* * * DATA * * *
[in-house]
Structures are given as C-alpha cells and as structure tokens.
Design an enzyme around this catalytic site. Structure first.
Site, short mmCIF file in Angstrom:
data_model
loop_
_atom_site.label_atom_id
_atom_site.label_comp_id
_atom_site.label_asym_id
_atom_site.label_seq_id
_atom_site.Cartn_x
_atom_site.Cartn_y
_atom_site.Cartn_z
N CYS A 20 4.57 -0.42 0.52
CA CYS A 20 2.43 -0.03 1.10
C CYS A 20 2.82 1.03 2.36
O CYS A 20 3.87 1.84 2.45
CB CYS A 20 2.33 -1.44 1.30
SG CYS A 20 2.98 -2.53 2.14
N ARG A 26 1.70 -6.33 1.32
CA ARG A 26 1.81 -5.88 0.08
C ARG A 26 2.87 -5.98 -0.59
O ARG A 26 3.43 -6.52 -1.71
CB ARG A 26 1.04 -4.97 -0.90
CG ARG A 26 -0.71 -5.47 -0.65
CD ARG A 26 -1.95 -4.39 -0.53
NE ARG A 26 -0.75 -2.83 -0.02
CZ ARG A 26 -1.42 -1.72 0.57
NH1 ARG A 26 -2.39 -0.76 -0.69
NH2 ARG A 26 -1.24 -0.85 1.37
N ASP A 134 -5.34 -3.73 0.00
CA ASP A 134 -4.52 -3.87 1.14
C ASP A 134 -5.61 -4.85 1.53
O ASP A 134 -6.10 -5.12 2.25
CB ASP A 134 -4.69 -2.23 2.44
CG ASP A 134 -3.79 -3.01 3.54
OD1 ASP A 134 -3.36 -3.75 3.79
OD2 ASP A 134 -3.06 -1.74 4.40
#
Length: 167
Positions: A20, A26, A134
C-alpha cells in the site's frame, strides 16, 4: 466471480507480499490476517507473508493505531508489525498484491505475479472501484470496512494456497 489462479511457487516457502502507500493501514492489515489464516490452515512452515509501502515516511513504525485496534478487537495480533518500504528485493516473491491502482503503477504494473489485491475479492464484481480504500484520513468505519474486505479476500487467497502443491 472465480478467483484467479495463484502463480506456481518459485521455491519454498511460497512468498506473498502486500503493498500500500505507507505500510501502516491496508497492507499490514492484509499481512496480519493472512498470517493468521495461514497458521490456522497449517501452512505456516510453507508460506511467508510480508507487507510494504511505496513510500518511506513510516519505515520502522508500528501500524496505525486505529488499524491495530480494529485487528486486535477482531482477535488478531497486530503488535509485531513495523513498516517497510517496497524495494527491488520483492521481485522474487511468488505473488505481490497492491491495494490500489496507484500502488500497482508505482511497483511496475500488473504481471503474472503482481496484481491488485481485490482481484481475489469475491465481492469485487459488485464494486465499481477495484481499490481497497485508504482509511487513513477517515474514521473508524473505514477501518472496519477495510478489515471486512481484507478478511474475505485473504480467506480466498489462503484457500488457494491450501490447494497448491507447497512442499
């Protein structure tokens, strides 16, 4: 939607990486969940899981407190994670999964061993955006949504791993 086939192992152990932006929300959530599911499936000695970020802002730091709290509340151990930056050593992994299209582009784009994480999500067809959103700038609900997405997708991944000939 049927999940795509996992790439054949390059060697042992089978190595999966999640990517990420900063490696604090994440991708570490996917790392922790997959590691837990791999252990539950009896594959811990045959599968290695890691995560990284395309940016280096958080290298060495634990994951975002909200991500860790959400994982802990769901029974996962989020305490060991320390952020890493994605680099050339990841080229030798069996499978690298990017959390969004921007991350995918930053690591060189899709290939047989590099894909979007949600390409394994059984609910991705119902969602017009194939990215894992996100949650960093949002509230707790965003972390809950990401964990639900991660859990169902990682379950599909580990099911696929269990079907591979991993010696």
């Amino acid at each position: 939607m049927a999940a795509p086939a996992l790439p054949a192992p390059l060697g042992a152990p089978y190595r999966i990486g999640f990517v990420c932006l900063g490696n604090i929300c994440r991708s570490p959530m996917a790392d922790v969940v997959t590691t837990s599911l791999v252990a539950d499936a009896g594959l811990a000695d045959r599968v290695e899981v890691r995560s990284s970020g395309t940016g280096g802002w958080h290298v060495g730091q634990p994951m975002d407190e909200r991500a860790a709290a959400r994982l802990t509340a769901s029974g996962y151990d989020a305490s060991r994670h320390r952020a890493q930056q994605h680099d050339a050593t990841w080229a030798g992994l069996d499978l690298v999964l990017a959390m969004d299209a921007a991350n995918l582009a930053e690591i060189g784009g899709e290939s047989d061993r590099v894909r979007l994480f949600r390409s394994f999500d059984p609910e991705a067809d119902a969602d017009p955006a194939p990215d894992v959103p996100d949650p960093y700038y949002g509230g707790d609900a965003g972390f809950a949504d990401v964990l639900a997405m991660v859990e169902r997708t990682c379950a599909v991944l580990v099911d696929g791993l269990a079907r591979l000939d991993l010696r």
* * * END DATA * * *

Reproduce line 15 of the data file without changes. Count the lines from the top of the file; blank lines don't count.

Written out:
CA CYS A 20 2.43 -0.03 1.10